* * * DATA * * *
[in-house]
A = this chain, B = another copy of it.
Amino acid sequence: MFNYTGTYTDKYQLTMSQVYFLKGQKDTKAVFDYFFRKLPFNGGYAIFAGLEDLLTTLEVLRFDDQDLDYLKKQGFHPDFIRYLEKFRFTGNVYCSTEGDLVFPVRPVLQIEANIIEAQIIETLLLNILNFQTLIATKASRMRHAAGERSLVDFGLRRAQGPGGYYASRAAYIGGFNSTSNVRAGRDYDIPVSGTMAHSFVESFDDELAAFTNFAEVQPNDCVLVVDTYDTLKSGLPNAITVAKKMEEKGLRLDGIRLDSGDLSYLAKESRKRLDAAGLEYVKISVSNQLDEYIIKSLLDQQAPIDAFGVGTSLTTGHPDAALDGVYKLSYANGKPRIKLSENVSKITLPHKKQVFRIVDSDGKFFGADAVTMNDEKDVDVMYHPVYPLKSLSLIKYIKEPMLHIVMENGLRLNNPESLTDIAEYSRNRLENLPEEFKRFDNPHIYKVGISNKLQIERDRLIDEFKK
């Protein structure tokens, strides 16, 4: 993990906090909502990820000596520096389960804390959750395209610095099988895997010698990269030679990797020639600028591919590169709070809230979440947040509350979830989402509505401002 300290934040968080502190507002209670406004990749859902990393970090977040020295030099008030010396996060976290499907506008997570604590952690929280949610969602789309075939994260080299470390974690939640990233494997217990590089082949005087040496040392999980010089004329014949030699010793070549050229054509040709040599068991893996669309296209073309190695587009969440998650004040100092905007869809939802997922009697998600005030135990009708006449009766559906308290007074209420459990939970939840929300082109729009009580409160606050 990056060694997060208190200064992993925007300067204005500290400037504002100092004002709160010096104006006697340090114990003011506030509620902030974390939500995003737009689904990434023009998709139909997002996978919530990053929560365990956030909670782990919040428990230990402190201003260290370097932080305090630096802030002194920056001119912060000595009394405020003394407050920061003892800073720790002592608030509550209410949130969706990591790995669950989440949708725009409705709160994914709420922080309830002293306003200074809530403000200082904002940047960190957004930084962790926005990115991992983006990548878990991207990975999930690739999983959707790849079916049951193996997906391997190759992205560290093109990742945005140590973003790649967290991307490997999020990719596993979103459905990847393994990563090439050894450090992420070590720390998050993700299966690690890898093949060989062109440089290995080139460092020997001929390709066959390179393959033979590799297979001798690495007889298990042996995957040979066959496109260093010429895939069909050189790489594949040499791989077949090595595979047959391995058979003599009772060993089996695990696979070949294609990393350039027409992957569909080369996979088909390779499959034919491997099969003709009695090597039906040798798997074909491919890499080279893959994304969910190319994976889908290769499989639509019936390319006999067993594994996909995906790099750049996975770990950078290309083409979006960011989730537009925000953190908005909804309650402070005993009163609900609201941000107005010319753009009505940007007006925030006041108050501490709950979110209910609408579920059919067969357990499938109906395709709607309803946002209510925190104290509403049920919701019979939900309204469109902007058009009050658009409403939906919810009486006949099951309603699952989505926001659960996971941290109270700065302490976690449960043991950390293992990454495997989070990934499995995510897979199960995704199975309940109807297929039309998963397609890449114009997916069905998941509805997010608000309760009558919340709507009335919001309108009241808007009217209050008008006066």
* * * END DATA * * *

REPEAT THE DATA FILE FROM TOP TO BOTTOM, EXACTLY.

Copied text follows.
[in-house]
A = this chain, B = another copy of it.
Amino acid sequence: MFNYTGTYTDKYQLTMSQVYFLKGQKDTKAVFDYFFRKLPFNGGYAIFAGLEDLLTTLEVLRFDDQDLDYLKKQGFHPDFIRYLEKFRFTGNVYCSTEGDLVFPVRPVLQIEANIIEAQIIETLLLNILNFQTLIATKASRMRHAAGERSLVDFGLRRAQGPGGYYASRAAYIGGFNSTSNVRAGRDYDIPVSGTMAHSFVESFDDELAAFTNFAEVQPNDCVLVVDTYDTLKSGLPNAITVAKKMEEKGLRLDGIRLDSGDLSYLAKESRKRLDAAGLEYVKISVSNQLDEYIIKSLLDQQAPIDAFGVGTSLTTGHPDAALDGVYKLSYANGKPRIKLSENVSKITLPHKKQVFRIVDSDGKFFGADAVTMNDEKDVDVMYHPVYPLKSLSLIKYIKEPMLHIVMENGLRLNNPESLTDIAEYSRNRLENLPEEFKRFDNPHIYKVGISNKLQIERDRLIDEFKK
């Protein structure tokens, strides 16, 4: 993990906090909502990820000596520096389960804390959750395209610095099988895997010698990269030679990797020639600028591919590169709070809230979440947040509350979830989402509505401002 300290934040968080502190507002209670406004990749859902990393970090977040020295030099008030010396996060976290499907506008997570604590952690929280949610969602789309075939994260080299470390974690939640990233494997217990590089082949005087040496040392999980010089004329014949030699010793070549050229054509040709040599068991893996669309296209073309190695587009969440998650004040100092905007869809939802997922009697998600005030135990009708006449009766559906308290007074209420459990939970939840929300082109729009009580409160606050 990056060694997060208190200064992993925007300067204005500290400037504002100092004002709160010096104006006697340090114990003011506030509620902030974390939500995003737009689904990434023009998709139909997002996978919530990053929560365990956030909670782990919040428990230990402190201003260290370097932080305090630096802030002194920056001119912060000595009394405020003394407050920061003892800073720790002592608030509550209410949130969706990591790995669950989440949708725009409705709160994914709420922080309830002293306003200074809530403000200082904002940047960190957004930084962790926005990115991992983006990548878990991207990975999930690739999983959707790849079916049951193996997906391997190759992205560290093109990742945005140590973003790649967290991307490997999020990719596993979103459905990847393994990563090439050894450090992420070590720390998050993700299966690690890898093949060989062109440089290995080139460092020997001929390709066959390179393959033979590799297979001798690495007889298990042996995957040979066959496109260093010429895939069909050189790489594949040499791989077949090595595979047959391995058979003599009772060993089996695990696979070949294609990393350039027409992957569909080369996979088909390779499959034919491997099969003709009695090597039906040798798997074909491919890499080279893959994304969910190319994976889908290769499989639509019936390319006999067993594994996909995906790099750049996975770990950078290309083409979006960011989730537009925000953190908005909804309650402070005993009163609900609201941000107005010319753009009505940007007006925030006041108050501490709950979110209910609408579920059919067969357990499938109906395709709607309803946002209510925190104290509403049920919701019979939900309204469109902007058009009050658009409403939906919810009486006949099951309603699952989505926001659960996971941290109270700065302490976690449960043991950390293992990454495997989070990934499995995510897979199960995704199975309940109807297929039309998963397609890449114009997916069905998941509805997010608000309760009558919340709507009335919001309108009241808007009217209050008008006066």